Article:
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" Fie, my lord, fie! a soldier, and afeard? What need we fear who knows it, when none can call our power to account? Yet who would have thought the old man to have had so much blood in him? DoCT. Do you mark that? LADY M. The thane of Fife had a wife; where... "
This Can't Happen To Me!: Tackling Type 2 diabetes - Page 8
by Tim Bowden - 2004 - 207 pages
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Shakespeare's Tragic Skepticism

Millicent Bell - Literary Criticism - 2002 - 283 pages
...unable to wash clean the bloodied hands with which she had emerged from Duncan's death-chamber. "Yet who would have thought the old man to have had so much blood in him?" she asks as she walks in her sleep, as though the flow of it, like the persistence of the past, cannot...
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Shakespeare Survey, Volume 38

Stanley Wells - Drama - 2002 - 272 pages
...(Richard III, 1.3.124). A chilling touch in the sleepwalking scene in Macbeth when Lady Macbeth says: 'Yet who would have thought the old man to have had so much blood in him?' (5.1.36—7). The point is not simply, or perhaps not at all, ' What a mess he made ! ' It is a detached...
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In the Chair: Interviews with Poets from the North of Ireland

John Brown - Poetry - 2002 - 333 pages
...eyes put out, he rams it home — "out vile jelly"'. When Macbeth kills his king his wife wonders, 'Who would have thought the old man to have had so much blood in him?' That's where I come from. It's not gratuitous but it's powerful, and I'm proud of it. So let the offending...
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Myth, Telos, Identity: The Tragic Schema in Greek and Shakespearean Drama

Iván Nyusztay - Literary Criticism - 2002 - 202 pages
...spot!, out, I say .... what need we fear who knows it. when none can call our power to accompt? - Yet who would have thought the old man to have had so much blood in him? (Vi33-38) The stain is indelible, "will these hands ne'er be clean?", "all the per110 fumes of Arabia...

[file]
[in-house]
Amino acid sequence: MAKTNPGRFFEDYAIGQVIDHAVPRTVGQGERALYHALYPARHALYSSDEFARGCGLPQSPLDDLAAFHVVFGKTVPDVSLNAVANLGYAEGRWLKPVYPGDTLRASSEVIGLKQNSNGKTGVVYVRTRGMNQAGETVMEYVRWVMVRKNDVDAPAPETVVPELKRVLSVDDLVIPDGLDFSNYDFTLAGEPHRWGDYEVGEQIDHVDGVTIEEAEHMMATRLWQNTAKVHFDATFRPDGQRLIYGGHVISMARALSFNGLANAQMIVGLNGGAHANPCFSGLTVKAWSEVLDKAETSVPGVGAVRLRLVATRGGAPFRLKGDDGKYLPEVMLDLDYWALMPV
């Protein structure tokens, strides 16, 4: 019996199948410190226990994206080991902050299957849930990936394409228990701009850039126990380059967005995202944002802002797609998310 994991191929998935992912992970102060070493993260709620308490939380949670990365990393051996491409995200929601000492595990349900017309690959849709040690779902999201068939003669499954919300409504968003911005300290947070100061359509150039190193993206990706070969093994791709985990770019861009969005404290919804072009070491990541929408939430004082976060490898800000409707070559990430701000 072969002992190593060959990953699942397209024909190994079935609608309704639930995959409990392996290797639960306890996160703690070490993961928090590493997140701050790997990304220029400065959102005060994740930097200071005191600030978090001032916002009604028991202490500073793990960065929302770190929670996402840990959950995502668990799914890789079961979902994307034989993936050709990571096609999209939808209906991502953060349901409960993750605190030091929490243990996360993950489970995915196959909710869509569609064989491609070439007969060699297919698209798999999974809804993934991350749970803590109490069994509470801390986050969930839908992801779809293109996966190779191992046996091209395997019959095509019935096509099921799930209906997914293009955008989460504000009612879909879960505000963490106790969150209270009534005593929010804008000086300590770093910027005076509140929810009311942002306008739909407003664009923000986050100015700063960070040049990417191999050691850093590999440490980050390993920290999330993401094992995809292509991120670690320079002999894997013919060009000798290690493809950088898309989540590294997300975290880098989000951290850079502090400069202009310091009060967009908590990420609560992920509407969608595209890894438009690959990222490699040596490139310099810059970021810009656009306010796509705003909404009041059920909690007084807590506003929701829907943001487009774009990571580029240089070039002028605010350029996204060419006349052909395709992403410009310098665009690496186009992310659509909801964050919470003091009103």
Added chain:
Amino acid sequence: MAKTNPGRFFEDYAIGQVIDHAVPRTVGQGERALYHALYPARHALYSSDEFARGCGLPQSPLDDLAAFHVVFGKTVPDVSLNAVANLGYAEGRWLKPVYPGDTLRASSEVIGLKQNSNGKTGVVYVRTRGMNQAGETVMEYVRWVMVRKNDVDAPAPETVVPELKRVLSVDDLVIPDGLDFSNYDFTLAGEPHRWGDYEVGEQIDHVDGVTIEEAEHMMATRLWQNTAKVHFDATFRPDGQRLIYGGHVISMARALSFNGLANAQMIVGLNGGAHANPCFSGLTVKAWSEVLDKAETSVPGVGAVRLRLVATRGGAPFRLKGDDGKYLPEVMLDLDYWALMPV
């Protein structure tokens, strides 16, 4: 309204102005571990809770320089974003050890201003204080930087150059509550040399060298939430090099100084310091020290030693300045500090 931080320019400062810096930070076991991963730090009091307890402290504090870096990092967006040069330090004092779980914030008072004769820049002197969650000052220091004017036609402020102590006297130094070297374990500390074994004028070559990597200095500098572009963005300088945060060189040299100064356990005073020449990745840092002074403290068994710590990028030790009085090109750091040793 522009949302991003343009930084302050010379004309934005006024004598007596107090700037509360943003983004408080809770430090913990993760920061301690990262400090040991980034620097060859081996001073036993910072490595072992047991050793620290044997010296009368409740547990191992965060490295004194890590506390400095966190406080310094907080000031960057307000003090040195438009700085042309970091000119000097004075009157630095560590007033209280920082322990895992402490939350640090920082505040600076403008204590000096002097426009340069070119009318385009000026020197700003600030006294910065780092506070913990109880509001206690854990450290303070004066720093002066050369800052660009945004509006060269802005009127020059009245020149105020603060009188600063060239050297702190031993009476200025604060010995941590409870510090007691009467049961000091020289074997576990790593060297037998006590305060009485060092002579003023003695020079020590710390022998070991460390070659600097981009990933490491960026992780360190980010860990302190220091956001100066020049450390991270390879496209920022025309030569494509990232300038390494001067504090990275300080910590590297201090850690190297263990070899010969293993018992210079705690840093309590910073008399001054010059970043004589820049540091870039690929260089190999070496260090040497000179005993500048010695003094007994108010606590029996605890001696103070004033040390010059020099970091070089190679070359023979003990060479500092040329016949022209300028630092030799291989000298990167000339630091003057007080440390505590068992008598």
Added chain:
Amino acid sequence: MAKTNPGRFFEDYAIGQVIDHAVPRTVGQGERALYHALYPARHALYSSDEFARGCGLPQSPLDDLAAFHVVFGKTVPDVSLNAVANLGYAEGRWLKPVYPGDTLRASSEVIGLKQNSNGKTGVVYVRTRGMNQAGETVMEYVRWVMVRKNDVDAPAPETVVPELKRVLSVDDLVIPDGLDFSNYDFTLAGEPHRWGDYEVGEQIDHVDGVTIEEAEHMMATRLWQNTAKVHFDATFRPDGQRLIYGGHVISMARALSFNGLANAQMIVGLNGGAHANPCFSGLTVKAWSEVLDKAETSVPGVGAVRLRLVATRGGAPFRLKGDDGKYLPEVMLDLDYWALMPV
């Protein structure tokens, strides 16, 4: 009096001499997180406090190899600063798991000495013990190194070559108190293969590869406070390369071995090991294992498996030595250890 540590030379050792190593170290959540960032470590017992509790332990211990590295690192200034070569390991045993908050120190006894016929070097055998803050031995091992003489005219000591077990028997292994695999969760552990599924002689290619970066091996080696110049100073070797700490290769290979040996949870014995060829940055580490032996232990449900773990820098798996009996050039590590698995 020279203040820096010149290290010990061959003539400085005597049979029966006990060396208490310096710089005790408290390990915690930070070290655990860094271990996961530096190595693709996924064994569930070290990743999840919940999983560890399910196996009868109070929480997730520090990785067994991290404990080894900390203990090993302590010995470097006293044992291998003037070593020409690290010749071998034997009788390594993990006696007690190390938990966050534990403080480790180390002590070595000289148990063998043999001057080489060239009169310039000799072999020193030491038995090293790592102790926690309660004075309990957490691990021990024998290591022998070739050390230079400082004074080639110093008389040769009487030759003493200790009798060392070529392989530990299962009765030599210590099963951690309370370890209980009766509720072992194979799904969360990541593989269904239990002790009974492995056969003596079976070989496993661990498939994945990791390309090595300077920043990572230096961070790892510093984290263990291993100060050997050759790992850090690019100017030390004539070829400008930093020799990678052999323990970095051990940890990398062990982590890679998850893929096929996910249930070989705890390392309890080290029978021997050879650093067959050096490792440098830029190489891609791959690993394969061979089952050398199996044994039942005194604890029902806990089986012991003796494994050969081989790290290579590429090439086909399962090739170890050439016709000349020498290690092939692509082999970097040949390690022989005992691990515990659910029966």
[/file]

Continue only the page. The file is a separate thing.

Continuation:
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Moon of the Jaguar

Alice Gaines - Fiction - 2002 - 192 pages
...be the strong one now. She took a breath to steady her voice. "Rudy's fine. This is your own blood." "Who would have thought the old man to have had so much blood in him?" "I don't understand." "MacBeth" he said. "The dead king." "You're talking nonsense." Lydia dunked her...
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Victorian Afterlives: The Shaping of Influence in Nineteenth-century Literature

Robert Douglas-Fairhurst, Professor of English Literature and Fellow of Magdalen College Oxford Robert Douglas-Fairhurst - Literary Criticism - 2002 - 372 pages
...distress of his or her survivors. But as Gosse also recognizes, with his muffled allusion to Macbeth ('who would have thought the old man to have had so much blood in him?'),7 even what seems to be dead and buried can have unexpected after-effects; like Banquo's ghost,...
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The Needle in the Heart Murder: The mysterious death of Dr Yeates

Candace Sutton - True Crime - 2003 - 260 pages
...man's widow as model. 'After it's all over,' he said, 'you can burn the dress.' 13 So much blood Yet who would have thought the old man to have had so much blood in him? — Macbeth V, i, 44 December 7, I960, morning THE SUN ROSE behind a roll of cloud over the ocean just after 4-30...
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Testing KS3 English Skills and Practice Year 9

Ray Barker, Christine Moorcroft - English language - 2003 - 64 pages
...soldier, and afeard? What need we fear who knows it, when none 40 can call our power to account? — Yet who would have thought the old man to have had so much blood in him. Do you mark that? The thane of Fife had a wife: where is she now? — What, will these hands ne'er...
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Shakespeare and the History of Soliloquies

James E. Hirsh - Literary Criticism - 2003 - 470 pages
...Macbeth gives voice to her sense of horror and remorse, echoing the soliloquy that she overheard in 2.2: who would have thought the old man to have had so much blood in him? (39-40) What, will these hands ne'er be clean? (43) All the perfumes of Arabia will not sweeten this...
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Access English: 3, Volume 3

Jill Baker, Clare Constant, David Kitchen - English language - 2003 - 191 pages
...A soldier, and afeard? What need we fear who knows it, when none can call our power to account? Yet who would have thought the old man to have had so much blood in him? call our power to account - challenge us While Lady Macbeth is cursed by dreams, Macbeth prepares for...
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